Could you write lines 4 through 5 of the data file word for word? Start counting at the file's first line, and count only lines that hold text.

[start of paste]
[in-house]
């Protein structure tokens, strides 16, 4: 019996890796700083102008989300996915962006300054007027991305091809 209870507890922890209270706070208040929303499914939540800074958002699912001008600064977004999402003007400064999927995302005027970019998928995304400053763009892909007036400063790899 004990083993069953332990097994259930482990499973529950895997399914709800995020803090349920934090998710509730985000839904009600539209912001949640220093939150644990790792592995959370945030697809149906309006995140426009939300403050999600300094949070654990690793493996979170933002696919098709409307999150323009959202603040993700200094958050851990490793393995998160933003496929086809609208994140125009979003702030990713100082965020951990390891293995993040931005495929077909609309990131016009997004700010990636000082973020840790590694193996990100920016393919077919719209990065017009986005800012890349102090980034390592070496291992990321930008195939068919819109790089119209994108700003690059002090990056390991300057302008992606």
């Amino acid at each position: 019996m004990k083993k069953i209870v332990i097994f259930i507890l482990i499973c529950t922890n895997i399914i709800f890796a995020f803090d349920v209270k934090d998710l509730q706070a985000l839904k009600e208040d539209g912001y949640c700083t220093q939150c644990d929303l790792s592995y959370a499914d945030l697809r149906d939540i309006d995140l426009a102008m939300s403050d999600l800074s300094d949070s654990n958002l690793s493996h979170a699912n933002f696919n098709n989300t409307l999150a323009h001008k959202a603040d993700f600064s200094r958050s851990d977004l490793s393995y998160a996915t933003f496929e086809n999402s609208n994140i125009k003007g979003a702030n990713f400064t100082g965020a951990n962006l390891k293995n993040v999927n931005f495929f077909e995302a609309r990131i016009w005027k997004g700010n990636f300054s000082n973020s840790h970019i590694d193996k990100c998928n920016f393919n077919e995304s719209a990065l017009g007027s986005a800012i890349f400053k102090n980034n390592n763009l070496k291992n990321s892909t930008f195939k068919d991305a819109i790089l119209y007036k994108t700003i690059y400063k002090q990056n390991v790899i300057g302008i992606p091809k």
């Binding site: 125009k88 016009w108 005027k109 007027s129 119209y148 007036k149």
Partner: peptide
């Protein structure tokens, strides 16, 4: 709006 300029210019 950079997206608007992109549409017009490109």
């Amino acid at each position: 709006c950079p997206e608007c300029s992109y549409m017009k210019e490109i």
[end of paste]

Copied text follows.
């Binding site: 125009k88 016009w108 005027k109 007027s129 119209y148 007036k149």
Partner: peptide